Social risks, family values and demand for welfare

Dominique Meurs, Institut National d'Études Démographiques (INED) and University of Paris West - EconomiX
Claudio Lucifora, Università Cattolica, Milan and IZA

Family values and family ties have been shown to be associated to important economic decisions both in labour and credit markets. Different types of social risks are also pooled within the family. This paper investigates the links between social risks, family values and the demand for welfare assistance using data from the 2005 French "Generation and Gender Survey" (GGS). We measure demand for welfare, as opposed to help within family, with respect to both financial support and provision of care services. We define the relevance of family relationship using individuals' self assessed measures of family values (such as duties and responsibilities of parents and children and reciprocal financial support) and construct various indicators of family values. We find a positive association between both traditional values within the couple and intergenerational family links with the pooling of social risks and services provided within the household. We show that there is substantial heterogeneity across different groups with respect to the demand for welfare assistance. We investigate causality using long term cultural determinants of selected population as instruments for family values. Results show that demand for welfare is mainly affected by the intergenerational dimension of family values, while the effect of values within couple is no longer statistically significan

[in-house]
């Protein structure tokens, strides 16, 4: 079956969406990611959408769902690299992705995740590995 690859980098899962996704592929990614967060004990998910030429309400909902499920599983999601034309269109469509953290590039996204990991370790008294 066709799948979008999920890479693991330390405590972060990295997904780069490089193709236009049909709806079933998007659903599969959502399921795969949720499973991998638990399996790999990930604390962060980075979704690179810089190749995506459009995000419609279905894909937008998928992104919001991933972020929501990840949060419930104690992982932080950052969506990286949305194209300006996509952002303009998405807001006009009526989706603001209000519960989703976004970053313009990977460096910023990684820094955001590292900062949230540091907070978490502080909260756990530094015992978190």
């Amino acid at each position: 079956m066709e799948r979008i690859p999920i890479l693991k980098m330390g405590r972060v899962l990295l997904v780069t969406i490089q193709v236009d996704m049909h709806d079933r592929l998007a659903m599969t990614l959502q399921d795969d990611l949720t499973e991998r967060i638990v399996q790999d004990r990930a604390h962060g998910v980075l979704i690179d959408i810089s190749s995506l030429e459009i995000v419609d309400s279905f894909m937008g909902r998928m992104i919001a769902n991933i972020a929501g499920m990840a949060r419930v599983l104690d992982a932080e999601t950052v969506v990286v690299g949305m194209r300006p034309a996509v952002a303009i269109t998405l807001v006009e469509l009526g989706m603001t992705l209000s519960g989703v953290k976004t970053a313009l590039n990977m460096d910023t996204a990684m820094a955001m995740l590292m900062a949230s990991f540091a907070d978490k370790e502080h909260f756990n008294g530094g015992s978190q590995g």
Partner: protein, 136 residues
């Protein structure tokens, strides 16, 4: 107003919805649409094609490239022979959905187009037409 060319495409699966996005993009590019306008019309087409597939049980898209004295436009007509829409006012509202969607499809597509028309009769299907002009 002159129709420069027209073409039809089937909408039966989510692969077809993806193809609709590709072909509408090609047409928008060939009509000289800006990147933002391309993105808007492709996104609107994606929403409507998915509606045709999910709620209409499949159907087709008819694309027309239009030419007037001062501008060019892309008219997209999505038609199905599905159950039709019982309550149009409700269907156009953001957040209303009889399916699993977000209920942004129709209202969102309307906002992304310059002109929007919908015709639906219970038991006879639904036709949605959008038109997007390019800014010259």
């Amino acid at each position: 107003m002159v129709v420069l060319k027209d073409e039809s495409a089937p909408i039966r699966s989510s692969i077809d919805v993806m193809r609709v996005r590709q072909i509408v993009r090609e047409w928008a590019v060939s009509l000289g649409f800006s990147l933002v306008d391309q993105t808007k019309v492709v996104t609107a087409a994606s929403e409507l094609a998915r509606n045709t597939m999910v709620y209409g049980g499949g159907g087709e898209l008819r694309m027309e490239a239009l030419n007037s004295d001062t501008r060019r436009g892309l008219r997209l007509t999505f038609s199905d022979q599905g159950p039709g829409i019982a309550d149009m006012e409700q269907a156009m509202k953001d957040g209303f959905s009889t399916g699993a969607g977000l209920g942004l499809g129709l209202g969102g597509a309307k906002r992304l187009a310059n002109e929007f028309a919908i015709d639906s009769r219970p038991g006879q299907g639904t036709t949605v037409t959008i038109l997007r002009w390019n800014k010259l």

See paper

Presented in Session 97: Family and gender issues